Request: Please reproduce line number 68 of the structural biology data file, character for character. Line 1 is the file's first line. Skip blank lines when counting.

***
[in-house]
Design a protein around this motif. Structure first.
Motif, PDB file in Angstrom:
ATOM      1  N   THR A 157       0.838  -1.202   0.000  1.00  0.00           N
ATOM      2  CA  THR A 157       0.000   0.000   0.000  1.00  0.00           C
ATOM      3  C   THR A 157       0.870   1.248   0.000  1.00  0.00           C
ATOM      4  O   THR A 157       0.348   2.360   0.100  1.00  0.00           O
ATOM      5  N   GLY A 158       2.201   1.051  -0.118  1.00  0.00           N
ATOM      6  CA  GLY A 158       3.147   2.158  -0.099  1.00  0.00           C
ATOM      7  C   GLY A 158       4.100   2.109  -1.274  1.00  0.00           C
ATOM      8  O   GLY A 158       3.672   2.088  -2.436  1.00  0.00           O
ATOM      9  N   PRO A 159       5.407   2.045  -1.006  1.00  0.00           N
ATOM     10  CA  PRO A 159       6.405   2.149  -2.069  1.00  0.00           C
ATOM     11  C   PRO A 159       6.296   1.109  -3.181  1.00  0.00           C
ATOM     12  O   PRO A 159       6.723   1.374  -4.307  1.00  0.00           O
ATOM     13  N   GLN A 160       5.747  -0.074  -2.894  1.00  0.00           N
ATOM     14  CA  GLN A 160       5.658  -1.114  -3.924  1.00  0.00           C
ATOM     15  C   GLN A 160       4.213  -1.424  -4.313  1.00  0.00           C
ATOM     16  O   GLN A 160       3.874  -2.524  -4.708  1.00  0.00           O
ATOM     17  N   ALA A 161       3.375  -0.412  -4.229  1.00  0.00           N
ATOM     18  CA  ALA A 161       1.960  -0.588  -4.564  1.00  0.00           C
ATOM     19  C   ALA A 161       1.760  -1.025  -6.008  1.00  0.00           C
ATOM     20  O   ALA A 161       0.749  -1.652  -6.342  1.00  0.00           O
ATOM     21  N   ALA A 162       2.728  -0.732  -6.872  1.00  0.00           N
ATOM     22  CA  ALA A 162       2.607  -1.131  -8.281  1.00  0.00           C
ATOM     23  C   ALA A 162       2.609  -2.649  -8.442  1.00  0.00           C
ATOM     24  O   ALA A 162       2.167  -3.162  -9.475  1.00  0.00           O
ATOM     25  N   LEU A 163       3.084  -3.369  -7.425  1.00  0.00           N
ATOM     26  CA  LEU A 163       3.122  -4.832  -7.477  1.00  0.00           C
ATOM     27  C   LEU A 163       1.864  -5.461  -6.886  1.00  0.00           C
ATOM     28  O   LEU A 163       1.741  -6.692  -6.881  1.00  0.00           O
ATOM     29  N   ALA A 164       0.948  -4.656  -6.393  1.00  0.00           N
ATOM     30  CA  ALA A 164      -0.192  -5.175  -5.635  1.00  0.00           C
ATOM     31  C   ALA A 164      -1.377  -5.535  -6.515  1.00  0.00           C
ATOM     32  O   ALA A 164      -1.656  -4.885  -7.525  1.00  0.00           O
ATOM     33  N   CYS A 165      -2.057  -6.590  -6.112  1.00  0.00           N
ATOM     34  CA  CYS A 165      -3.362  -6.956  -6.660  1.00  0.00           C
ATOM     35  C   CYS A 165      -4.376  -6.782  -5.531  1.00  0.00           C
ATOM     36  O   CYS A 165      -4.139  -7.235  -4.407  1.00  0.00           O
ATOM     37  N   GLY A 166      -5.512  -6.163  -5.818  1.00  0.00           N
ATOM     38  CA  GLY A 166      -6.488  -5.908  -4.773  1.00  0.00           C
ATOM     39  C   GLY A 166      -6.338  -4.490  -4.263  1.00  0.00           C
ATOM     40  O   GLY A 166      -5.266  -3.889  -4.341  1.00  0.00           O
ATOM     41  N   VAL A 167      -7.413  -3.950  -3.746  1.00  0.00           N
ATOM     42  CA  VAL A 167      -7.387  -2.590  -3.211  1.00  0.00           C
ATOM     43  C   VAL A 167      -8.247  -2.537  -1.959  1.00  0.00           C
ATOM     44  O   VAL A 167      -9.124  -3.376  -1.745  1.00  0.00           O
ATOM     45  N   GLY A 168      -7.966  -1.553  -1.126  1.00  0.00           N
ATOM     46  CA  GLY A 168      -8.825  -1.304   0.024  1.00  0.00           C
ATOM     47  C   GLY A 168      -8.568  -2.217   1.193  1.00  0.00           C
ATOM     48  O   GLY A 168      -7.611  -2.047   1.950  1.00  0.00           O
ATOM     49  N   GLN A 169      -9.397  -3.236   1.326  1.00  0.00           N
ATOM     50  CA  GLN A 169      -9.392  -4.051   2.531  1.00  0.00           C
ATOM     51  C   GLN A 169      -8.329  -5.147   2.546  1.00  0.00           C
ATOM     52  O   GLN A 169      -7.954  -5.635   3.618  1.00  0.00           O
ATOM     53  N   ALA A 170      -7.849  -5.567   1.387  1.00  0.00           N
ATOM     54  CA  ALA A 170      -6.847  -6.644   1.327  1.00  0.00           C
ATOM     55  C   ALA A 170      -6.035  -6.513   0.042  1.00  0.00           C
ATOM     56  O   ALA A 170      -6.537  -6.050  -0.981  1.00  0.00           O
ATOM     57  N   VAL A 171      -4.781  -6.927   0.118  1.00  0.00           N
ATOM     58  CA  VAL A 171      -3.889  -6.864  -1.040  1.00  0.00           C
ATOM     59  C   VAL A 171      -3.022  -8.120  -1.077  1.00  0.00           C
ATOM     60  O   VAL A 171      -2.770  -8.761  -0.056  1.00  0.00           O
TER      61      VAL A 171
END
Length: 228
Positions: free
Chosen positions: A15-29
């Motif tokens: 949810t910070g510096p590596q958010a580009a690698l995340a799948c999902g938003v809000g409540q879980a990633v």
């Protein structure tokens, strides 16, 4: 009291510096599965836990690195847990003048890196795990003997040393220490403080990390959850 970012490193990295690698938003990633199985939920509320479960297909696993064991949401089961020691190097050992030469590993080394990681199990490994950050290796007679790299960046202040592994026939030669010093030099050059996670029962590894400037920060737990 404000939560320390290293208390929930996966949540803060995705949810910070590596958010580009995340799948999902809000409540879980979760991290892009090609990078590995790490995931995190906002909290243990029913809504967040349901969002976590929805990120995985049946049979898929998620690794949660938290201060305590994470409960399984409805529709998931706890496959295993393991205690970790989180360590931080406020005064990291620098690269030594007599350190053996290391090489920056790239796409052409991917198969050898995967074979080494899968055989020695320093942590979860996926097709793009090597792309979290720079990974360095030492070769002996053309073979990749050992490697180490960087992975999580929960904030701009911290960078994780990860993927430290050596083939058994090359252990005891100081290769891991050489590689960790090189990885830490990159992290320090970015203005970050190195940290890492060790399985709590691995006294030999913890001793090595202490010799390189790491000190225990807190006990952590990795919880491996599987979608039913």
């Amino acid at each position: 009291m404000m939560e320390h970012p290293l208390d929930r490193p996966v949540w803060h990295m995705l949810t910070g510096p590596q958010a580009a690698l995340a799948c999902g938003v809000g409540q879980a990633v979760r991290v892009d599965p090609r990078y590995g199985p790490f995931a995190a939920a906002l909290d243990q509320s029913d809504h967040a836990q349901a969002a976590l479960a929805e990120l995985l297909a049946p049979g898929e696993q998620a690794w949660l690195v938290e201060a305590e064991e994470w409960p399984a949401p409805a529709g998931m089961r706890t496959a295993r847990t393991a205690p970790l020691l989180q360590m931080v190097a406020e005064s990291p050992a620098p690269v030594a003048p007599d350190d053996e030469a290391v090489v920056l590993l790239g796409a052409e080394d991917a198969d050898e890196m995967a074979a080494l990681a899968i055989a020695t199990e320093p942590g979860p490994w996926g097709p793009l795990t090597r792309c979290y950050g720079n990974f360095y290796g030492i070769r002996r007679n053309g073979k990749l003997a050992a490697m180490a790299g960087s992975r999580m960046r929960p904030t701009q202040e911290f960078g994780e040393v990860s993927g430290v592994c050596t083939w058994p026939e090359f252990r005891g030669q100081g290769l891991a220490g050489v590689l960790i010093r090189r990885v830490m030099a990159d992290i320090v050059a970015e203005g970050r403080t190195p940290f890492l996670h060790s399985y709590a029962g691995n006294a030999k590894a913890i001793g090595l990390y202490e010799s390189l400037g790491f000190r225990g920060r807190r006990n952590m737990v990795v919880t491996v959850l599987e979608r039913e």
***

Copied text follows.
Chosen positions: A15-29